| Antonia Djiagween, Owen Maher, Seramsah Bin Saad, Trevor Jamieson and Dalsia Pigram, Burning Daylight, Marrugeku|
photo Rod Hartvigsen
Marrugeku’s Broome fantasia is intensified by a design that is a self-consciously stagey abstraction of the town (inspired in part, says a program note, by Tracey Moffat’s films Night Cries and Bedevil) and by the use of the back wall of the bar and a large billboard as projection screens, often worked simultaneously. A large, semi-circular performance area is ringed by the bar, a road leading into the distance and lined with striking boab trees, a tin shed inhabited by musicians and a park bench beneath a pole—which of course must be climbed and swung from in the time-honoured manner of musicals.
The screens evoke the open-air cinemas of tropical towns, the films mimic 40s and 50s B-grade melodramas from Hollywood’s dream factory, while the accompanying karaoke-style singing to the onscreen lyics suggests the present—though the songs hark back to romantic balladry—and the popular fantasy of being a great singer (they’re very good in this show). This is dream work.
Burning Daylight doesn’t delineate a simple story—it’s played out as a street concert-cum-musical (a relative of Les Ballets C de la B’s rooftop party, Iets Op Bach, 1999). This makes the performance all the more dream-like, the floating structure allowing for an immersive historical layering that merges three generations. The films, for example, include photographs from early 20th century Broome, 40s-ish movie recreations of that earlier period and contemporary karaoke sung live. Here the stage performers appear as their grandparents of a century ago. This collapsing of time and condensing of generations is the stuff of dreams but a deft means to engender a sense of history and inheritance.
|Burning Dayight in Zurich 2007, Marrugeku|
photo Christian Altorfer
In the first of the three films, Stir Fry (“She was a caged bird in a foreign land. He was a lonesome cowboy. Could he set her free?”), after being struck by her cowboy boyfriend, a Broome geisha elopes at night with another man—dressed in red and perhaps the father of the onstage red cowboy. He is killed by the boyfriend in a shootout. A small boy, whom we presume to be the son of the geisha and her lover, grimly watches his mother place flowers on the lover’s grave. A long stick hangs from the boy’s hand—precursor perhaps to the whip we see wielded by the grown man on stage. The second film, Black Pearl (“Can Love Beat the Law?”) depicts a jealous white bar owner betraying an Aboriginal employee to the police for having an affair with a white man. The woman and her children are removed to a reserve. (A newspaper spinning onscreen is headlined, “Native Woman Entraps White Man: Woman Removed For Her Own Good.”) In the final scene in this film, a small boy dressed in red as a cowboy, steps out from behind a shed and aims his toy gun at the policemen. In the third film, Troubled Water (“They Dared To Cross The Colour Line”) a Malay man married to an Aboriginal woman goes to work on a pearl rigger but is deported when he returns to port, never to see his family again. The son ties his father’s abandoned red bandana around his head.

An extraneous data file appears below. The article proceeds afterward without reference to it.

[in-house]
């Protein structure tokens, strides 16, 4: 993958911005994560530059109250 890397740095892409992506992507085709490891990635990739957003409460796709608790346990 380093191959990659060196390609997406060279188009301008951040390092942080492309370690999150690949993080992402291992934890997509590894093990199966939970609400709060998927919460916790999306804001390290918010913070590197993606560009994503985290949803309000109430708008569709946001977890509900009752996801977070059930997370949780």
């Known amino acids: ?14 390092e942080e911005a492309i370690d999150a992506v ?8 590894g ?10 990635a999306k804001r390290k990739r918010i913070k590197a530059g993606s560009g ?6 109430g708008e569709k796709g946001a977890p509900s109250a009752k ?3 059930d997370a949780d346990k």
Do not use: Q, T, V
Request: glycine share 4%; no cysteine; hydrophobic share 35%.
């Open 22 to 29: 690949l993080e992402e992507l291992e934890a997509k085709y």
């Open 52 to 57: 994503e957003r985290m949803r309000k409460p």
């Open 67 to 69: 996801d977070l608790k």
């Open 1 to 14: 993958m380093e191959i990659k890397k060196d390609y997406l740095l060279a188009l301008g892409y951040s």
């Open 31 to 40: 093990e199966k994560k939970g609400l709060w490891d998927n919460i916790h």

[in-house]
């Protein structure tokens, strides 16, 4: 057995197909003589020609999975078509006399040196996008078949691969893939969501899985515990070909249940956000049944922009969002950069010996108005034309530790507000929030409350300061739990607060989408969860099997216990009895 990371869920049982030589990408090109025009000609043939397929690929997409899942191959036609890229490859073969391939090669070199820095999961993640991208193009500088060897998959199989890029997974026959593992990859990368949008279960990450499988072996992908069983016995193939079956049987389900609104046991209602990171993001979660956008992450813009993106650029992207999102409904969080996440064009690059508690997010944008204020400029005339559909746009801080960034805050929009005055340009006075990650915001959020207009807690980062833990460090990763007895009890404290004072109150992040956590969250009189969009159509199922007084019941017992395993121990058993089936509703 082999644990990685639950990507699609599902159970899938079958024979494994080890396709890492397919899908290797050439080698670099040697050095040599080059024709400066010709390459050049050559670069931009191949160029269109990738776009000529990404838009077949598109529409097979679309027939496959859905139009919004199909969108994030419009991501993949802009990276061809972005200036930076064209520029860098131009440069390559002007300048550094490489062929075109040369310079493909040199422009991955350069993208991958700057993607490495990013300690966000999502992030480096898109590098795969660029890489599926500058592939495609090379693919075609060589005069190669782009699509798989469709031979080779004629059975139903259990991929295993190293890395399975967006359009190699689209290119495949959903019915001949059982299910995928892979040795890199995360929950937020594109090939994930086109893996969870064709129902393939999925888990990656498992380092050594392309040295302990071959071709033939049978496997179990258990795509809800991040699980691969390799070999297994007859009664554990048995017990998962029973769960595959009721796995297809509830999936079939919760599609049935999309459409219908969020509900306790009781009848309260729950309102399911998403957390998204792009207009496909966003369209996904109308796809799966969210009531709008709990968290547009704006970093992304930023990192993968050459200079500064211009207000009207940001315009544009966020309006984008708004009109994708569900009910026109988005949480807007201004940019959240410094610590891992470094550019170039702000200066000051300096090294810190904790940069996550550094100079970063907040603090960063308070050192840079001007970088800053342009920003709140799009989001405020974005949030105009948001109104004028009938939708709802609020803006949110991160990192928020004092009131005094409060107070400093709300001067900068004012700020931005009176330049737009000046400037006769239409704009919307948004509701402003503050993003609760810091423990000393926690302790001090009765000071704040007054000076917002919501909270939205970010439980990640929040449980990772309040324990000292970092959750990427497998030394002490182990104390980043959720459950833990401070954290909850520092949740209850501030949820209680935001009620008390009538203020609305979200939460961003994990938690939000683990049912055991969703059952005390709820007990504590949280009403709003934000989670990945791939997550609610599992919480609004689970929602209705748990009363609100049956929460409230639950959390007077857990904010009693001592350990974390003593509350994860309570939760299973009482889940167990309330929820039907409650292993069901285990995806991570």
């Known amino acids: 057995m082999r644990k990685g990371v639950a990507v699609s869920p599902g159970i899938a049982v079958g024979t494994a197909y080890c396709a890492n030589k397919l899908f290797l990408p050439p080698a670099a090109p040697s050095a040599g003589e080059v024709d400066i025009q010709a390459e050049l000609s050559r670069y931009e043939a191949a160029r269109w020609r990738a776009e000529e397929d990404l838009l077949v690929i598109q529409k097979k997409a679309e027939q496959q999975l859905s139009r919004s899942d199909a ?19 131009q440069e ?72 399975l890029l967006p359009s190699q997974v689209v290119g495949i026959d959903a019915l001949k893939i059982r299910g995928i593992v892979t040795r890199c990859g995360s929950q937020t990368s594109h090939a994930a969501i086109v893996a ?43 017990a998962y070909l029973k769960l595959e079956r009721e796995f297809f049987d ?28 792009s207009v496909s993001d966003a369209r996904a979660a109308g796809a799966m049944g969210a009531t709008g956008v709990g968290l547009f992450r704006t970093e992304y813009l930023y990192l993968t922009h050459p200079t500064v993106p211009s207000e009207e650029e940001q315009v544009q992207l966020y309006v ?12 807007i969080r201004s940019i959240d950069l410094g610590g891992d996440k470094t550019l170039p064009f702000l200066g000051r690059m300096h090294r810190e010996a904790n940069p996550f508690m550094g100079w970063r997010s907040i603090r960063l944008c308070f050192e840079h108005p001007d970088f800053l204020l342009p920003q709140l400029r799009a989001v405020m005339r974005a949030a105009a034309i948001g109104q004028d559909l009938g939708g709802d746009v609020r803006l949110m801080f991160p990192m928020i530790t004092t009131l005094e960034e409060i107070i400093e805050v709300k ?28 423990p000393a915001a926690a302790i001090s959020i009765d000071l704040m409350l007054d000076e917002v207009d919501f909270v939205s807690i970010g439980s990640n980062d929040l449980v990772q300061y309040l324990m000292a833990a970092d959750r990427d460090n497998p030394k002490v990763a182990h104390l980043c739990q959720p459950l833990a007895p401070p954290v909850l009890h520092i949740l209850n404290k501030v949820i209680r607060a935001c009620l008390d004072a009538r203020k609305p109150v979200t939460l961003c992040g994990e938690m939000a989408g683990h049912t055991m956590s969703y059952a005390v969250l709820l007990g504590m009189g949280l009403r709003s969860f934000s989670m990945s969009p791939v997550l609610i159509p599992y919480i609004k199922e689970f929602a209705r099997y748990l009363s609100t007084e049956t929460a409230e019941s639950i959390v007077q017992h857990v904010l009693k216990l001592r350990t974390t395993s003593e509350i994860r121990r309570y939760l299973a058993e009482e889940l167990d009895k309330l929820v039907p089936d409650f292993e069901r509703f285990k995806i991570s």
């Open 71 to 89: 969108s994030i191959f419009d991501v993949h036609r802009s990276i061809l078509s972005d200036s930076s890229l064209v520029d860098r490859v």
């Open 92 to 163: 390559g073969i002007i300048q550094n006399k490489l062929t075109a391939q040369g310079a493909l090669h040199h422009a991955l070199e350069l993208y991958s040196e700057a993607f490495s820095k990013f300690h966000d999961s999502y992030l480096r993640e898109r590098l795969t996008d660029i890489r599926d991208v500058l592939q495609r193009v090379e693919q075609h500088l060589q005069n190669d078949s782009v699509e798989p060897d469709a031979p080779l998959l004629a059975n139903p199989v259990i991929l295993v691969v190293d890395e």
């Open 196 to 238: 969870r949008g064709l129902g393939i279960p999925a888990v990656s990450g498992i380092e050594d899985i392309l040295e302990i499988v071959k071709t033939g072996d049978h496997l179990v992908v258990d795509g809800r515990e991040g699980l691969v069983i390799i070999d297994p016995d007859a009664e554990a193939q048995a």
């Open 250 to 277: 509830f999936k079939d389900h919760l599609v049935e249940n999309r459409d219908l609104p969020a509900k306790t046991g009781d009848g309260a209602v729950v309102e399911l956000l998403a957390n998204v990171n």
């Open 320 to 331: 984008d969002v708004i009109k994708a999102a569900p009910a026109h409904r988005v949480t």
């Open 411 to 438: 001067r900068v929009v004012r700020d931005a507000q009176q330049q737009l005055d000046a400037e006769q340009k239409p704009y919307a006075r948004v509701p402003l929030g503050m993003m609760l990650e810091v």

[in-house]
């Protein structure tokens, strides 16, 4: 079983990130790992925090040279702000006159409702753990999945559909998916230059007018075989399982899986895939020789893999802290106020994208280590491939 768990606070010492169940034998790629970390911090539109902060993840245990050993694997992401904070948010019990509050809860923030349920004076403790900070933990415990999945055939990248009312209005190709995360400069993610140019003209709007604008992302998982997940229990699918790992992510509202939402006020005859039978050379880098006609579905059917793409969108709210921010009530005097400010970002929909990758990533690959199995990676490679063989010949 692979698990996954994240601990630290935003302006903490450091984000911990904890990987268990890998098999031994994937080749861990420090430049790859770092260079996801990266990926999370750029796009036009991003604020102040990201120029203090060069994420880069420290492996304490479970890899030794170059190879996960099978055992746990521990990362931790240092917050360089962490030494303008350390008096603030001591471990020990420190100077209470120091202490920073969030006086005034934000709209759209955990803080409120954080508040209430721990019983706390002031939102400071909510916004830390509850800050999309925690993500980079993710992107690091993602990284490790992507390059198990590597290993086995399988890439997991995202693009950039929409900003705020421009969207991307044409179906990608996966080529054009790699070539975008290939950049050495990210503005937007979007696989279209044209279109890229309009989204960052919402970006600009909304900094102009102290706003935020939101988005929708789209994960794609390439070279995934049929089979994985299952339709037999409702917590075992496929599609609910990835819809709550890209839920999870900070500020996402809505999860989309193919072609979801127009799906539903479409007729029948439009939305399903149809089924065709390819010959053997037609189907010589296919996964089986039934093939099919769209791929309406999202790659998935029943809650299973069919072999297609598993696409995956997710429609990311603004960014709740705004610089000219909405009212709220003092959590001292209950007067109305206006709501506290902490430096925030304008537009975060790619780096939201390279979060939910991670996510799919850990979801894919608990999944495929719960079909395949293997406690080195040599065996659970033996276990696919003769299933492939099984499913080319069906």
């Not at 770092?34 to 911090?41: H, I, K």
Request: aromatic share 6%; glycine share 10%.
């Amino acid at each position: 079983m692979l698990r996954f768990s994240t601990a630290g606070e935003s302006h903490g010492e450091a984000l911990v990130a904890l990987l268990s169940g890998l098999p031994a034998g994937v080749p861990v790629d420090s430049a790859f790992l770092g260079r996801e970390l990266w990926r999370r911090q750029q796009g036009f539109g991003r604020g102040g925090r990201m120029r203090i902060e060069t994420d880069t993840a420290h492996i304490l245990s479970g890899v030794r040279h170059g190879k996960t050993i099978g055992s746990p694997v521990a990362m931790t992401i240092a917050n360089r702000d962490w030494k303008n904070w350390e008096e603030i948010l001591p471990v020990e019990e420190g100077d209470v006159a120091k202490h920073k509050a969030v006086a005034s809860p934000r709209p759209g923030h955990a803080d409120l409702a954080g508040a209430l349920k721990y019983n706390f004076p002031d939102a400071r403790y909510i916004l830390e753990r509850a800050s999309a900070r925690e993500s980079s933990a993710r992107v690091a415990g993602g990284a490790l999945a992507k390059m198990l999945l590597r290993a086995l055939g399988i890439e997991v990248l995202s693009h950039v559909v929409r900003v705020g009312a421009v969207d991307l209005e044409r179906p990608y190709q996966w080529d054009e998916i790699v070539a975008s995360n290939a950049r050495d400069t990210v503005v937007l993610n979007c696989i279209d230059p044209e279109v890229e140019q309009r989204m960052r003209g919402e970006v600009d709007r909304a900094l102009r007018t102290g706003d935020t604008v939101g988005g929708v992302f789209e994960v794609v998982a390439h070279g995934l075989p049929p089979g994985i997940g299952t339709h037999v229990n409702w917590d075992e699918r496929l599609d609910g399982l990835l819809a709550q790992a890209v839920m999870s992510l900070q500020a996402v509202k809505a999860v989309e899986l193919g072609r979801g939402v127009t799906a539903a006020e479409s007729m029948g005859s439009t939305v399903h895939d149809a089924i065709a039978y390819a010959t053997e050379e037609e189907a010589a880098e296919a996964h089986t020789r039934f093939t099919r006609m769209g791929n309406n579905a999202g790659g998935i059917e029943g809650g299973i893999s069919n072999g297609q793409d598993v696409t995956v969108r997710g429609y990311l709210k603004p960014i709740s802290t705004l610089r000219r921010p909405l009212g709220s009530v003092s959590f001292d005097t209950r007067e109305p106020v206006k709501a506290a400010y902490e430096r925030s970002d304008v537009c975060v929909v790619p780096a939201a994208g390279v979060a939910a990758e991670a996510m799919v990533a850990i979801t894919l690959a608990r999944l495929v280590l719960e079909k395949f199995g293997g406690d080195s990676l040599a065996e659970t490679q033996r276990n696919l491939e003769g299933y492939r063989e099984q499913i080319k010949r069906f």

Jamieson’s cowboy, as the child of an era in which white law not only oppressed Aboriginal people but gave licence for cultural groups to turn on each other, appears then to embody all the accumulated wrongs, despair and anger that unconsciously haunt Broome’s psyche. Yet, like Broome itself and its night dwellers, troubled yet richly creative, the cowboy is an ambiguous figure—a winking, narcissistic charmer, undeterred by his poor reception, hanging out as if expecting sooner or later to fit in, and providing moments of emotional support. Burning Daylight’s choreography resonates with this ambiguity as Jamieson slips in and out of group dancing, withdrawing to observe or suddenly displaying intimacy. The cowboy is reminiscent of the classic trickster, a wicked messenger, bringing the unwanted unconscious to attention.
I’m unravelling and reassembling my dreamlike recollections of the show, and my account of the role and purpose of the cowboy is possibly obvious or wrong (the companion book to the production has varying accounts), although the continuity inherent in the red motif associated with the boy children in the film and the cowboy seems undeniable. What is not clear is why the geisha ghost appears vengeful, forcing the cowboy to engage in a gloriously sustained battle, compelling the night community to join in. Perhaps hers is dis- or mis-placed anger for blighted lives. Certainly the cowboy’s recollection of her seems fond: he places the very same flowers on her grave, upstage, that she placed on her dead lover’s in the film as the scowling child looked on.